Best management practices for extensive grazing enterprises


This publication describes, in broad terms, those arid and semi-arid areas of New South Wales commonly referred to as ‘rangelands’ and the management principles that underlie the sustainable utilisation of these areas by extensive grazing industries. These lands generally lie to the west of the 500 mm rainfall isohyet. Most are located within the Western Division, but significant areas occur in the Central Division. Both here and on the eastern and southern margins of the Western Division, extensive grazing of predominantly native pastures occurs in conjunction with broadacre cropping and areas of intensive irrigated agriculture. Collectively, the semi-arid and arid zones occupy about 60 per cent of the state. The Western Division alone accounts for 42 per cent of the state.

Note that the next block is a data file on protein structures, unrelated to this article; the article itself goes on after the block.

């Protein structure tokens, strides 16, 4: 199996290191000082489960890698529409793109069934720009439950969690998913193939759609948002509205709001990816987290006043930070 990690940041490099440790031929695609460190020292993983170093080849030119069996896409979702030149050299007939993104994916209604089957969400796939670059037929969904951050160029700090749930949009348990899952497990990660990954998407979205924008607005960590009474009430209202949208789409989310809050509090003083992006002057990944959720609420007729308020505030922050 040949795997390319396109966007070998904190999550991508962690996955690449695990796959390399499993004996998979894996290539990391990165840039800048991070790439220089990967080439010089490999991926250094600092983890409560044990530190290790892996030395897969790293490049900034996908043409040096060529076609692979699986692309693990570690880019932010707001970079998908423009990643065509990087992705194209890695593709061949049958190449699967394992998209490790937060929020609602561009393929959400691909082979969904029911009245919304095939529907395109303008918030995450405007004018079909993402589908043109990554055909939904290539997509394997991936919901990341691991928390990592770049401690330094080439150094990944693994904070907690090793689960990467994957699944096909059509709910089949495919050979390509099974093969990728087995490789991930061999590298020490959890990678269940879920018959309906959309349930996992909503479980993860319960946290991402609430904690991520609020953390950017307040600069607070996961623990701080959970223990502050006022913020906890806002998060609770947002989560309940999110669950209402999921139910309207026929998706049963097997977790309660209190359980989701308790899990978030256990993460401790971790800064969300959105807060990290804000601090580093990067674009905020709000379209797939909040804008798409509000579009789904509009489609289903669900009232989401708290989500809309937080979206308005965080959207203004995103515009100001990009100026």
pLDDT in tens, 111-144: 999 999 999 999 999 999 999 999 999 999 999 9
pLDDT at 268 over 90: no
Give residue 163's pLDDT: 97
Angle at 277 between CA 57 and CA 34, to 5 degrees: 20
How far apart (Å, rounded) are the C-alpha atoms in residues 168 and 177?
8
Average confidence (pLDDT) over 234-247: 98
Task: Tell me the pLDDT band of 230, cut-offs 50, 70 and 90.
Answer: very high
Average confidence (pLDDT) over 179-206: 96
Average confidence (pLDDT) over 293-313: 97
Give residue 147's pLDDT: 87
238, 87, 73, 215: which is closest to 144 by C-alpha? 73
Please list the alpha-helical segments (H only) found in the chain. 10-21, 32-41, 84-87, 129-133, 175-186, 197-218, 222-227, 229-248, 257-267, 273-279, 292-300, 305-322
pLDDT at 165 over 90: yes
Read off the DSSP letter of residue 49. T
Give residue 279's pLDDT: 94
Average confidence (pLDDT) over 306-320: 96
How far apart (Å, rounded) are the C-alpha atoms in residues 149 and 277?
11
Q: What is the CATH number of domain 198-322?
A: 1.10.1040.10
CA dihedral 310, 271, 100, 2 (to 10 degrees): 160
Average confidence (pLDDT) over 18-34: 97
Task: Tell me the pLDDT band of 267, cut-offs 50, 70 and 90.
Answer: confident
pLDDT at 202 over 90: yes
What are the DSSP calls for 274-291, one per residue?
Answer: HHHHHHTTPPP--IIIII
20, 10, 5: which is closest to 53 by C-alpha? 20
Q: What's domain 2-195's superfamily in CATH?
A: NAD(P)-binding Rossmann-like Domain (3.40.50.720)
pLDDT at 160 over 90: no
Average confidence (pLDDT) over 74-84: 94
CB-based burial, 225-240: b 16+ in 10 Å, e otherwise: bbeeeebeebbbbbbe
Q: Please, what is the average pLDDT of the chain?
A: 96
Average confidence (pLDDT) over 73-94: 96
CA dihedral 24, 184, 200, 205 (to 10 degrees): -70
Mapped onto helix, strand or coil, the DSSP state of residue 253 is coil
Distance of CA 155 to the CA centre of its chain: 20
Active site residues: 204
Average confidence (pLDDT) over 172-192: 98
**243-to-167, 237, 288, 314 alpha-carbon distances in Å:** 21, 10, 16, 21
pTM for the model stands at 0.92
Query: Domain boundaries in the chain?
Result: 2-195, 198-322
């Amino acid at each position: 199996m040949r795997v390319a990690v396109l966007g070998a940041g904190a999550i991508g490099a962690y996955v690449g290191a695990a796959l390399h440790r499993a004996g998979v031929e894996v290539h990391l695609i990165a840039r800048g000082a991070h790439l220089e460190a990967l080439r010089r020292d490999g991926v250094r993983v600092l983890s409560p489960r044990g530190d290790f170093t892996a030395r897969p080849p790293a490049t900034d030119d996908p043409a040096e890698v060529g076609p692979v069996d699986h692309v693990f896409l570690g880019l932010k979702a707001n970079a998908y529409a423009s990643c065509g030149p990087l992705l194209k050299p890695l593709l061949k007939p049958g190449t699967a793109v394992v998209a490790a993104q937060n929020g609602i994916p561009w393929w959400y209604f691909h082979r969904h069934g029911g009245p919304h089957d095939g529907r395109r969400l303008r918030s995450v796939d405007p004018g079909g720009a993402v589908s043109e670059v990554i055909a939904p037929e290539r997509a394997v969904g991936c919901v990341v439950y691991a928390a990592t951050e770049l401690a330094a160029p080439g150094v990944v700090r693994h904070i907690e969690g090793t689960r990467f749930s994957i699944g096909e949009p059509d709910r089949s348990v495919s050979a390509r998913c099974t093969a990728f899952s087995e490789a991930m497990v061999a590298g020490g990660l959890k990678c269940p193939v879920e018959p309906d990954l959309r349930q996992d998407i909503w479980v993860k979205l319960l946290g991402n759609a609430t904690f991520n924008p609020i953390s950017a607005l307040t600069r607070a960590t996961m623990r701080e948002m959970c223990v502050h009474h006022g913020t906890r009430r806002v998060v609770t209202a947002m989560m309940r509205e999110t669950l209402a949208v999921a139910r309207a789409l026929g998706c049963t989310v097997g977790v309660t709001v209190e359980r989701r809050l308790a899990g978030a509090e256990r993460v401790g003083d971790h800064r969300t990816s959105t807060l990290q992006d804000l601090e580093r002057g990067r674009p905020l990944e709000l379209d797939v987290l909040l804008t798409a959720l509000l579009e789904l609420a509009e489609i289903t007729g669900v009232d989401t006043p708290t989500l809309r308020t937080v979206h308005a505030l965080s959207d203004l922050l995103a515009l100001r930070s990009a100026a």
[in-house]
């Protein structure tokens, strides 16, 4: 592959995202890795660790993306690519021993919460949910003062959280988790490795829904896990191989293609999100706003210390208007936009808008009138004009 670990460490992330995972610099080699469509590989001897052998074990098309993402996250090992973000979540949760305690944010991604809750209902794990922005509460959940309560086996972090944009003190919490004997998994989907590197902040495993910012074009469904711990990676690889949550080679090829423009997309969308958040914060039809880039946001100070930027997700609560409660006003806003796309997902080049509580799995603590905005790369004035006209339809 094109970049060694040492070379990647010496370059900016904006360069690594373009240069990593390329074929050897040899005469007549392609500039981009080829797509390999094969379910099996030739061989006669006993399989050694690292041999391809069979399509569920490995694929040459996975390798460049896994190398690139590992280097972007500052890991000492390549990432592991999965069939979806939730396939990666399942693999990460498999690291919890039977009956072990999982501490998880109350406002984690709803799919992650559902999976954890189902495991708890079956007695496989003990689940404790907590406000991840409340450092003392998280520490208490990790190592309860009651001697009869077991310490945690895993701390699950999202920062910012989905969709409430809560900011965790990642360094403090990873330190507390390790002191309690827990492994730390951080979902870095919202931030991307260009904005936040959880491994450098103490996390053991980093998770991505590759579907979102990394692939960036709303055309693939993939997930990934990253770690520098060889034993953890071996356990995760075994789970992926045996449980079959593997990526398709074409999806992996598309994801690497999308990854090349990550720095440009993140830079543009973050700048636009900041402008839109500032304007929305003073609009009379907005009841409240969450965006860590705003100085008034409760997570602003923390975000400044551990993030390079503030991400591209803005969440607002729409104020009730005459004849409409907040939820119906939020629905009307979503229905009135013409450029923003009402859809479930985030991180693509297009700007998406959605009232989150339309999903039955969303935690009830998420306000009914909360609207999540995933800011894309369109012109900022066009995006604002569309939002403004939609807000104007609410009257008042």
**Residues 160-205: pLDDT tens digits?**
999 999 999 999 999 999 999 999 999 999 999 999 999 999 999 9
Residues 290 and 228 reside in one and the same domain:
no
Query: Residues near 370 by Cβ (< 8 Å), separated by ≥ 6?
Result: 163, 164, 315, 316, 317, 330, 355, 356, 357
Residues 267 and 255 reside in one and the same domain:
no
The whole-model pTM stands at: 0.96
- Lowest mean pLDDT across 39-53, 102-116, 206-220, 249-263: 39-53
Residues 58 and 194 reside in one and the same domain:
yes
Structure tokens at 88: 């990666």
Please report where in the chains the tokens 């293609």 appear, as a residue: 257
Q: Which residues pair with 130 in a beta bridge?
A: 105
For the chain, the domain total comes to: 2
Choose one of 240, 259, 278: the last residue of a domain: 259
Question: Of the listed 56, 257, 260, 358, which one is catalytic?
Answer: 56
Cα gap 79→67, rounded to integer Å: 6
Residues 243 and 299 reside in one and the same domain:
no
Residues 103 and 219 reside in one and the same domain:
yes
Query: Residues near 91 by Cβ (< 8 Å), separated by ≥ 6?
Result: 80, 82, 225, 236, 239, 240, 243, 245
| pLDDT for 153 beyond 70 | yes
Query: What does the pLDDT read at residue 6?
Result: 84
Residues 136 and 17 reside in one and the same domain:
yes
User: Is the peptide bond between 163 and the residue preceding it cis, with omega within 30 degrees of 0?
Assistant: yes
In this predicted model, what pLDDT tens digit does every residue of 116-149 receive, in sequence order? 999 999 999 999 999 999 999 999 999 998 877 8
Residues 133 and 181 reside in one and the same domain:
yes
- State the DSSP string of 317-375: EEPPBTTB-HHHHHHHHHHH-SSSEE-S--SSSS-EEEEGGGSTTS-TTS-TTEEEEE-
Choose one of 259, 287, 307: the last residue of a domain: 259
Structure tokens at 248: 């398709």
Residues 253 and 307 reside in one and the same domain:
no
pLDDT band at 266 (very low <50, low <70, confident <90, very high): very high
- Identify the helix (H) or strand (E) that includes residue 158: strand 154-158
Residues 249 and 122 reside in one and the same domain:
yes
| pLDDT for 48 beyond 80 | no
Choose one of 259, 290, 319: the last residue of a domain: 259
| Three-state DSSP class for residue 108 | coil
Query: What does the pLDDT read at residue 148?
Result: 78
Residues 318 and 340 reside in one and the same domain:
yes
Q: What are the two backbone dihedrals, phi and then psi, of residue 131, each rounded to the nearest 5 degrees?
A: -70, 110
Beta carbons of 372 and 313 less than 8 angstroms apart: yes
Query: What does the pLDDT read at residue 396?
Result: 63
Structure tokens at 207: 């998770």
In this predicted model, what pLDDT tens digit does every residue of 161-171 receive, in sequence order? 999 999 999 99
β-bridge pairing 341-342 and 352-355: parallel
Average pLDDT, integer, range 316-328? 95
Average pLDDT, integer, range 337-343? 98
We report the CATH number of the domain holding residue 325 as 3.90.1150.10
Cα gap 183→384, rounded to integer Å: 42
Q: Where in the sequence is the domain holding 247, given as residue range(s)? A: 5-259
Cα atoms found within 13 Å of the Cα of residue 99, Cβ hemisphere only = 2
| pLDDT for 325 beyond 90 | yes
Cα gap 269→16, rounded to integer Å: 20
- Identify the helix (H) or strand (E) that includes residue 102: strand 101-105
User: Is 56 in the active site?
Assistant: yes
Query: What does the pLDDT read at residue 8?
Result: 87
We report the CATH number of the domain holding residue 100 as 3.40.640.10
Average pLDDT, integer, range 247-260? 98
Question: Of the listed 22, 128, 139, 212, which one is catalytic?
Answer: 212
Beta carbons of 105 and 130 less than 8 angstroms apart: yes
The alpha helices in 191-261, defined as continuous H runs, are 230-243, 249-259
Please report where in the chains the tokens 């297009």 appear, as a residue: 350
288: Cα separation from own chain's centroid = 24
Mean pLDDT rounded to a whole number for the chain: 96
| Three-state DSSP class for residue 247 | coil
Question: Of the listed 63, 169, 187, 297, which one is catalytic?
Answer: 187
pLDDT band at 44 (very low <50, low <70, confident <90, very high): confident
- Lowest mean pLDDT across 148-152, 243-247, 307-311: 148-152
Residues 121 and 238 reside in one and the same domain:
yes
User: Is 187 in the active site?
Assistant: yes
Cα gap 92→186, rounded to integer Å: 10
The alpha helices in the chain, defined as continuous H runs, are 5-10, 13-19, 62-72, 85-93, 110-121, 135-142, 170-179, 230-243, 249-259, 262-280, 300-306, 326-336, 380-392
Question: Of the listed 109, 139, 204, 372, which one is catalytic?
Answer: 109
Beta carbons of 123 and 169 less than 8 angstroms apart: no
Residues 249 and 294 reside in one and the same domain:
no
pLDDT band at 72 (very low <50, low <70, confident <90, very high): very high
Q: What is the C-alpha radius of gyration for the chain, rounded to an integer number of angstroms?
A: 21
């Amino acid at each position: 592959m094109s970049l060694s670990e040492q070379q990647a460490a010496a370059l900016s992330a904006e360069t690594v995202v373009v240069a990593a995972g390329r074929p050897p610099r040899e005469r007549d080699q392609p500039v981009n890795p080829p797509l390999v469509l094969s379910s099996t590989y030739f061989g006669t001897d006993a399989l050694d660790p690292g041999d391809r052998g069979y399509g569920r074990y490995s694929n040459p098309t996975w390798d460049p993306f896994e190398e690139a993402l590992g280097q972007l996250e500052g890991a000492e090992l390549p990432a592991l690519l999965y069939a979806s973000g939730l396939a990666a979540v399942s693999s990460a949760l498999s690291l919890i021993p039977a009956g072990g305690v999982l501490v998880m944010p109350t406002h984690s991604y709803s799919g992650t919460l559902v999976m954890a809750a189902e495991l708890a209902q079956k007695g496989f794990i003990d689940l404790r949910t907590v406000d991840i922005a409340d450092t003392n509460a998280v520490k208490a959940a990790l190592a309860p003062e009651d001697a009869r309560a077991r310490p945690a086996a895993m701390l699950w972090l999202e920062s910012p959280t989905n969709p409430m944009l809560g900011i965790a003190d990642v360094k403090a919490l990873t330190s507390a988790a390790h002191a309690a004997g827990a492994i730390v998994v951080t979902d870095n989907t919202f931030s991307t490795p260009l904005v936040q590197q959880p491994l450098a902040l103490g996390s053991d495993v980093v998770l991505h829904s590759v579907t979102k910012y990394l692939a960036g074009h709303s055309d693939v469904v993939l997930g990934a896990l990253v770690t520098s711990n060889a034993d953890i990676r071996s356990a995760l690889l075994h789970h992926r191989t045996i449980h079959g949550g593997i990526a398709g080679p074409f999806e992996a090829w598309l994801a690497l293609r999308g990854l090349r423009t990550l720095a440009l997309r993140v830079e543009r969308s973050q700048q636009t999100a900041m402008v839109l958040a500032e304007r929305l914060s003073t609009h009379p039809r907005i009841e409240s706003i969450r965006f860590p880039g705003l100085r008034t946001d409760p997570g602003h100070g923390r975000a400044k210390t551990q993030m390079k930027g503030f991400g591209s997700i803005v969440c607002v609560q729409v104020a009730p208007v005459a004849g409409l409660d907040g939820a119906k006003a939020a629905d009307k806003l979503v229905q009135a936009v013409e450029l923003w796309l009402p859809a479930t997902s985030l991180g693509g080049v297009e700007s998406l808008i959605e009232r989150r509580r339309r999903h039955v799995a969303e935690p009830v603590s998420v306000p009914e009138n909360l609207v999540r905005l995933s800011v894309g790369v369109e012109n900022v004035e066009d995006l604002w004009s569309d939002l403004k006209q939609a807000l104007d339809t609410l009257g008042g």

Over such a large area the soils and vegetation vary greatly. Average annual rainfall, and the expected seasonal distribution of rainfall and temperature, are also variable. At any particular location, rainfall fluctuates widely between years. Under these circumstances it is not possible to describe sustainable management practices in detail. Some important management principles can be defined, but their application requires a decision-making framework that recognises the complexities of the biological system and the economic circumstances and aspirations of individual families.

Contents of this publication include:

  • Introduction
  • Making decisions in extensive grazing enterprises
  • Personal goals and human, physical and financial resources
  • Risk management
  • The physical production system
    • Climate
    • Natural resources
    • Plant production
    • Animal production
  • External forces
  • Alternative enterprises
  • References and further reading


Published: Apr 2005